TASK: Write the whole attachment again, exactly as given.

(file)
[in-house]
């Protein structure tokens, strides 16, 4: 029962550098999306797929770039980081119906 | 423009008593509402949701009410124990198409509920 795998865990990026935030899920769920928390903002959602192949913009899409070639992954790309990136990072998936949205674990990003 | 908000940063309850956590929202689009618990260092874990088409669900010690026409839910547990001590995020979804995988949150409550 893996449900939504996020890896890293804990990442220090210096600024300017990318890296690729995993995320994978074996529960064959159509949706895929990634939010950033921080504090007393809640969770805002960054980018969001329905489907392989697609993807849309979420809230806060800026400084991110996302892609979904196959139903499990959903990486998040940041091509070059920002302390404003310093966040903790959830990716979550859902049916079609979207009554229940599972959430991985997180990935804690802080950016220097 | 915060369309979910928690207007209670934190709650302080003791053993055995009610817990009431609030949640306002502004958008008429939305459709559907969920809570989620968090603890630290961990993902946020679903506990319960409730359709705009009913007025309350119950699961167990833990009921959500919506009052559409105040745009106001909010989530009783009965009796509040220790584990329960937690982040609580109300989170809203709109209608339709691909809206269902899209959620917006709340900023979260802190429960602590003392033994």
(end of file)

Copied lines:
[in-house]
């Protein structure tokens, strides 16, 4: 029962550098999306797929770039980081119906 | 423009008593509402949701009410124990198409509920 795998865990990026935030899920769920928390903002959602192949913009899409070639992954790309990136990072998936949205674990990003 | 908000940063309850956590929202689009618990260092874990088409669900010690026409839910547990001590995020979804995988949150409550 893996449900939504996020890896890293804990990442220090210096600024300017990318890296690729995993995320994978074996529960064959159509949706895929990634939010950033921080504090007393809640969770805002960054980018969001329905489907392989697609993807849309979420809230806060800026400084991110996302892609979904196959139903499990959903990486998040940041091509070059920002302390404003310093966040903790959830990716979550859902049916079609979207009554229940599972959430991985997180990935804690802080950016220097 | 915060369309979910928690207007209670934190709650302080003791053993055995009610817990009431609030949640306002502004958008008429939305459709559907969920809570989620968090603890630290961990993902946020679903506990319960409730359709705009009913007025309350119950699961167990833990009921959500919506009052559409105040745009106001909010989530009783009965009796509040220790584990329960937690982040609580109300989170809203709109209608339709691909809206269902899209959620917006709340900023979260802190429960602590003392033994």